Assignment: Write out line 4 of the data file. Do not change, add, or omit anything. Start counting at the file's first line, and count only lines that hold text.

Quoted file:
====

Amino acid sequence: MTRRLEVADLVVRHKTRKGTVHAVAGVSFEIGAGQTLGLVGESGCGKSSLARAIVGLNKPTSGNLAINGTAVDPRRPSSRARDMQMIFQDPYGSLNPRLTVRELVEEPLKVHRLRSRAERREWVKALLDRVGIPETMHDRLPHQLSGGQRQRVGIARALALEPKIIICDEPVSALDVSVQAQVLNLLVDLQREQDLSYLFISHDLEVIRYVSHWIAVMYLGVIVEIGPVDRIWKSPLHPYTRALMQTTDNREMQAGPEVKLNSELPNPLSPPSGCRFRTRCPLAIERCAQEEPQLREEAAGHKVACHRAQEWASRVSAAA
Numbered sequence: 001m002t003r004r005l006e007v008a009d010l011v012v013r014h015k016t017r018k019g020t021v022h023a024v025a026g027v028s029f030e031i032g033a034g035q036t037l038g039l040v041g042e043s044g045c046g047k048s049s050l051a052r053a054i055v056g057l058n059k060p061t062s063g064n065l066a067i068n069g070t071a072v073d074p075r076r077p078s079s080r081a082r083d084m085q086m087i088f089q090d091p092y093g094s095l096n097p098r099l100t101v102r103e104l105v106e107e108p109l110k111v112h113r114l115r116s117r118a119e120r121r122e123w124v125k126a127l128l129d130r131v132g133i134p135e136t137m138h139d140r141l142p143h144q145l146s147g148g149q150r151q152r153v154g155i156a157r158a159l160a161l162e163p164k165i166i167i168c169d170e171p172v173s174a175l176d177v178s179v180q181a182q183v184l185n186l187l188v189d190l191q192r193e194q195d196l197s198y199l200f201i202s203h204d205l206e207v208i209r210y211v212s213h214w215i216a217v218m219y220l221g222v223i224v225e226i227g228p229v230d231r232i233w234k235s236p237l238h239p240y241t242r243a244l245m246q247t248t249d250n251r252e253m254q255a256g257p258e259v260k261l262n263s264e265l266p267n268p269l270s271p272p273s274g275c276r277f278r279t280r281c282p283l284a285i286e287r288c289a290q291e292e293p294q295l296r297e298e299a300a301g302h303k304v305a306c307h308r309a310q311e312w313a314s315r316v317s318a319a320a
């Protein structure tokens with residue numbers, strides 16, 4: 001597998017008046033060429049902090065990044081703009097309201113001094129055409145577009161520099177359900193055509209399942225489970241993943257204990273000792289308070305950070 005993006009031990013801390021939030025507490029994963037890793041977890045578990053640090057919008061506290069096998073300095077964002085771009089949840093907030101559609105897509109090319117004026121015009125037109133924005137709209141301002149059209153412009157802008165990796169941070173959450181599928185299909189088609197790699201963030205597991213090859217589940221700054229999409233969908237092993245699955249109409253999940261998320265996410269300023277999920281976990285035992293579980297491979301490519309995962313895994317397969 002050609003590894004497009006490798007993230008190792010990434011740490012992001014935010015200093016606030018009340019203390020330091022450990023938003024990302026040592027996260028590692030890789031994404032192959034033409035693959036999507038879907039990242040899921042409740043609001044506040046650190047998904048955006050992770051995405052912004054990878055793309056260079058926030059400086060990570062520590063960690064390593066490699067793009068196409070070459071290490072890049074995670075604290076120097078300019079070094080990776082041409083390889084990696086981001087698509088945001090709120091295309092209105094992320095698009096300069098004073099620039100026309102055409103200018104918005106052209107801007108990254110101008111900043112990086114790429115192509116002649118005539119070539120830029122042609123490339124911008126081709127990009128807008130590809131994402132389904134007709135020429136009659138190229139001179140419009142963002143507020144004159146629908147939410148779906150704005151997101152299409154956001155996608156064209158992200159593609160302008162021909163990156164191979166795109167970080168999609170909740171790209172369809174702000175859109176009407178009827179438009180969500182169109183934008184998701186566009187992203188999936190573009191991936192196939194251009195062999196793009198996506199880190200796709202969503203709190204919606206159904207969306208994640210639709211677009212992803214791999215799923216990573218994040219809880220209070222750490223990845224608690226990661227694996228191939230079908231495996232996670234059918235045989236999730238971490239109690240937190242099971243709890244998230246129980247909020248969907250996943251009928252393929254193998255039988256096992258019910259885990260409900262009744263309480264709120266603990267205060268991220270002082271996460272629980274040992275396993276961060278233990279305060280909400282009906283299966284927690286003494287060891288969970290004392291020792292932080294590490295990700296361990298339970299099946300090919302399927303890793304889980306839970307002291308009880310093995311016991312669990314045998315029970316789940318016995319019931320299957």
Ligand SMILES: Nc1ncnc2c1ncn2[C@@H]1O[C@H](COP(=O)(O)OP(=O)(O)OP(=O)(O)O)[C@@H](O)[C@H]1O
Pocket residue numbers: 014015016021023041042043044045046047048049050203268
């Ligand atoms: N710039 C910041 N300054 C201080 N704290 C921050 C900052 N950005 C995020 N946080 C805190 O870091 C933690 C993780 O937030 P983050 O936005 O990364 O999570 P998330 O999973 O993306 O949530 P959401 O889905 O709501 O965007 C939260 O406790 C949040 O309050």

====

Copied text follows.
Ligand SMILES: Nc1ncnc2c1ncn2[C@@H]1O[C@H](COP(=O)(O)OP(=O)(O)OP(=O)(O)O)[C@@H](O)[C@H]1O